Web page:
The skills of Shakespeare's mother have been unknown, but it is not unlikely that she could read and write, and we have a sign of her hand. When selling her share in a land-holding to her nephew Robert Webbe, in 1579, she made her 'marke' on a deed and on a bond. The deed (unlike the bond) is a large enough piece of parchment to have lain flat and offered her ample space to sign. Did she intend to write her initials on the deed? If she did, why does she appear to have written them in reverse, as S M and not M S, in between the scrivener's words 'the marke' and 'of Marye Shacksper'? Instead of drawing a stolid cross on the Webbe deed, Mary Shakespeare drew a small, neat, rather complex design suggesting the letters S M in a Tudor secretary style of script which her son William appears to have used; the 'S', in this design, is exampled in the handwriting of literate persons; the 'M' (if such was intended) lacks a final stroke or minim. She may have intended only a pretty design, and alphabetic letters in a 'marke' would not be proof of her ability to write. But what has become quite clear, partly because time has worn away some of her clotted ink, is that she drew her mark in one continuous movement. She appears to have been familiar with a quill pen.
If she was indeed able to write phrases and sums and to read them, she would have been of considerable use to her father. However that may be, Robert Arden's belief in her dependability is evident. She can hardly have been much older than 17 or 18 when he made his will. Young women, at that time, were seldom named in wills as executors, and Robert Arden's will is that of an alert, shrewd Catholic, who does not wholly trust his own wife. Whether or not he came from a cadet branch of the Catholic Park Hall Ardens, in Castle Bromwich in the parish of Aston near Birmingham, he seems to have shared the Arden piety. His father Thomas in 1501 had been able to use as a trustee the first of the intently pious Throckmortons, of Coughton Court, who died on a pilgrimage to Jerusalem and whose son, Sir George, spoke out against Henry VIII's divorce. Robert Arden joined Stratford's pious foundation. He chose as his will's first witness (as he had no need to do)a curate so stubbornly Catholic as to be dismissed later from a Snitterfield vicarage for adhering to the old faith. Wedded to John Shakespeare, Mary may have found his religious views problematic or unlike her father's, but John seems to have been brought up as a Catholic, and their son William was raised in the shadow of the old faith.
By the late autumn in 1557 she was living at Stratford. Young enough to have a chance of bearing a healthy child, Mary Shakespeare failed at first. Her son William's life itself was at risk in plague-time, and his birth-date was important to her and would have been lovingly recalled until Mary died. The wishful notion that he was born on 23 April was first mooted, so far as we know, by William Oldys in a marginal note written in all probability between 1743 and 1750, and properly belongs to legends about Shakespeare. 'The actual day of William's birth is unknown', wrote E. K. Chambers in a statement that still holds good; 'a belief that it was April 23, on which day he died in 1616, seems to rest on an eighteenth-century blunder.' Oldys, writing a century and a quarter after Shakespeare died, presumably had no evidence as to the birth-date other than the ambiguous words on the tablet in the poet's monument at Holy Trinity, 'obiit anno ... AEtatis 53' (he died in his fifty-third year), and Chambers believed that Oldys probably made 'an incorrect use' of these. Edmond Malone, the exacting eighteenth-century Shakespeare scholar, expressed doubt that Joseph Greene, a curate of Stratford and Oldys's contemporary, had any authority for declaring 23 April as the birth-date other than the monument. It has been said to be 'especially appropriate' that Shakespeare should have been born on St George's Day, the day of England's patron saint; but the wish certainly does not add up to a fact. Had his birth and death really occurred on two 23rds of April, such a coincidence would surely have been noted within a hundred years of his death. Yet we have no sign of this. Strong family loyalty may well have moved Shakespeare's granddaughter Elizabeth Hall to honour his memory, just ten years after he died, by marrying on 22 April. Elizabeth's honouring his birthday as the 22nd remains only a good possibility, suggested at first by De Quincey; but it is supported by what we know of the closeness of John and Mary Shakespeare's people. Despite a record that includes lawsuits and a family fray, Ardens and Shakespeares knew the force of family ties (as when many of them helped young Robert Webbe, Margaret Arden's son, to acquire their own individual shares in an estate). In brief, it is possible that Shakespeare was born on either the 21st, 22nd, or 23rd, but the day is still unknown. It is no more likely that his birth-date was Sunday, 23, than Saturday, 22 April 1564.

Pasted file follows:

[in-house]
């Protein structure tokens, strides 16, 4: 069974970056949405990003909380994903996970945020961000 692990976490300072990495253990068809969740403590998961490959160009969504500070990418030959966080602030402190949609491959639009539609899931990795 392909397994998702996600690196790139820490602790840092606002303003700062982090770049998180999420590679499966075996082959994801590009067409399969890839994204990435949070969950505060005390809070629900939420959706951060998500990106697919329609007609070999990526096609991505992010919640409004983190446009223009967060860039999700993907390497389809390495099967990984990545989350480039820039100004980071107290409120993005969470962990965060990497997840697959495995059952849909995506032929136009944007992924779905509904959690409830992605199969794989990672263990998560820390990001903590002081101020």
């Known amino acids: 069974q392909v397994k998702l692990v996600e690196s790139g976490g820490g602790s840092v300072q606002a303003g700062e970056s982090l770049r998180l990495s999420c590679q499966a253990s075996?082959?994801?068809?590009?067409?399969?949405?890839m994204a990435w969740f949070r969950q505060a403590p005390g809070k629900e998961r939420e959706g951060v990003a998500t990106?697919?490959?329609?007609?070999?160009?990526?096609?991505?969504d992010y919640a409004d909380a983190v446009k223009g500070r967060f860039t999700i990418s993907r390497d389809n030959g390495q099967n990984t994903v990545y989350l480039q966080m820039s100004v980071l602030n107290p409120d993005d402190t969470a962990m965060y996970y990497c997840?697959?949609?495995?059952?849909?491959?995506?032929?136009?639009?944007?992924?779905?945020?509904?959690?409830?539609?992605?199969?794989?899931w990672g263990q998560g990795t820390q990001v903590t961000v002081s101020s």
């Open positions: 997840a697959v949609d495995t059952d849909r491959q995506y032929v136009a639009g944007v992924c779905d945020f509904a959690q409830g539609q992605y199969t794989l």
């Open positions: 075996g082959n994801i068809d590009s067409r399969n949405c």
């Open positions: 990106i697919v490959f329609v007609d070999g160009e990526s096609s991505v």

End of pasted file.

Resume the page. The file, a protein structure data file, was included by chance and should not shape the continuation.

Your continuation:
As a young woman who had known the death of her infants Mary Shakespeare must have been apprehensive that month. She perhaps lay on a bed supported by the same simple, cross-cross system of ropes used in most Elizabethan homes, and heard advice from servants or housewives in their stiff, practical white bodices of 'durance'--that stout cloth that appears in Stratford's records typically as 'boddies of durance'.
Christening was a festival with apostle-spoons and a white chrisom-cloth, basins, ewers, and towels at the parish church. And yet the chances of a boy baptized in time of plague were not good. If a baby died, the town's bell might be sounded, as when the clerk records a 'ringing of ye grete bell' for three small children. A boy who survived would wear swaddling-clothes until he was ready for a little russet-coloured dress.
Excerpted from Shakespeare by Park Honan Copyright ©2000 by Park Honan. Excerpted by permission.
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Meet the Author
Park Honan is Emeritus Professor at the School of English, University of Leeds. He has written biographies of Jane Austen, Matthew Arnold, and Robert Browning, and lives in the United Kingdom.